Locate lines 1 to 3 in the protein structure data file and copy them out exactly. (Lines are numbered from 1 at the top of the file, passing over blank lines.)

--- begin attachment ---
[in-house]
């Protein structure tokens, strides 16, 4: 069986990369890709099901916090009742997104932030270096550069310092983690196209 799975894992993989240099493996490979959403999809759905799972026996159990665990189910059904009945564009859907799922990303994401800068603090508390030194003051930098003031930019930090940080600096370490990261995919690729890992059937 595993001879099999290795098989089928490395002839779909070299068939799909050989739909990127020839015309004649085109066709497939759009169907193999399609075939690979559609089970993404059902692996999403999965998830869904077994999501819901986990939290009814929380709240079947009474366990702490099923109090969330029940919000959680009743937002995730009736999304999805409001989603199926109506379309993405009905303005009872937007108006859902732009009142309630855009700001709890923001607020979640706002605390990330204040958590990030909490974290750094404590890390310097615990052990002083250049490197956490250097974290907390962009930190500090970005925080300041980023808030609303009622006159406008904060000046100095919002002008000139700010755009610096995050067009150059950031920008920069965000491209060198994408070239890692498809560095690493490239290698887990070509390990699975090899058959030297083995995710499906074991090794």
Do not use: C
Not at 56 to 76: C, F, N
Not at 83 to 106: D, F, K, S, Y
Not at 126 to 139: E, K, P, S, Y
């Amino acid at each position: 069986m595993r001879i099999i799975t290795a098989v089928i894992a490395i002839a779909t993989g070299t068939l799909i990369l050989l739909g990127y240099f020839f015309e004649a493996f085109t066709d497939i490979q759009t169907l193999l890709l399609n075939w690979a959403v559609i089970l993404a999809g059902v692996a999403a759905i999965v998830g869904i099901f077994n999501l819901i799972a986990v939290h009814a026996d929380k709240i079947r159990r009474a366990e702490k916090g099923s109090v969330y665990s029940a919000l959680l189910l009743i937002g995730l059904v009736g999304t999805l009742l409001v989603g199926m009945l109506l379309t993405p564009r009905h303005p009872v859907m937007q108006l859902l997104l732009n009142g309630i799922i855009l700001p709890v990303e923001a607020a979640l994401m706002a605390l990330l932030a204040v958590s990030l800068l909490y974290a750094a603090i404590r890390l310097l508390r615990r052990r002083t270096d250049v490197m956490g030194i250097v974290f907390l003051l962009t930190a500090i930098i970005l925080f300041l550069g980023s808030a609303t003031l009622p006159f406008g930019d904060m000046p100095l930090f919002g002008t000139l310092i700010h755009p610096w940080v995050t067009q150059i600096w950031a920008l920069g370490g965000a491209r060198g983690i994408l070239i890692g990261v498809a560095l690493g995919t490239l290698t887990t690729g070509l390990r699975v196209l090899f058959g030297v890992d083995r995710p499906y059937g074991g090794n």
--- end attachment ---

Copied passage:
[in-house]
């Protein structure tokens, strides 16, 4: 069986990369890709099901916090009742997104932030270096550069310092983690196209 799975894992993989240099493996490979959403999809759905799972026996159990665990189910059904009945564009859907799922990303994401800068603090508390030194003051930098003031930019930090940080600096370490990261995919690729890992059937 595993001879099999290795098989089928490395002839779909070299068939799909050989739909990127020839015309004649085109066709497939759009169907193999399609075939690979559609089970993404059902692996999403999965998830869904077994999501819901986990939290009814929380709240079947009474366990702490099923109090969330029940919000959680009743937002995730009736999304999805409001989603199926109506379309993405009905303005009872937007108006859902732009009142309630855009700001709890923001607020979640706002605390990330204040958590990030909490974290750094404590890390310097615990052990002083250049490197956490250097974290907390962009930190500090970005925080300041980023808030609303009622006159406008904060000046100095919002002008000139700010755009610096995050067009150059950031920008920069965000491209060198994408070239890692498809560095690493490239290698887990070509390990699975090899058959030297083995995710499906074991090794």
Do not use: C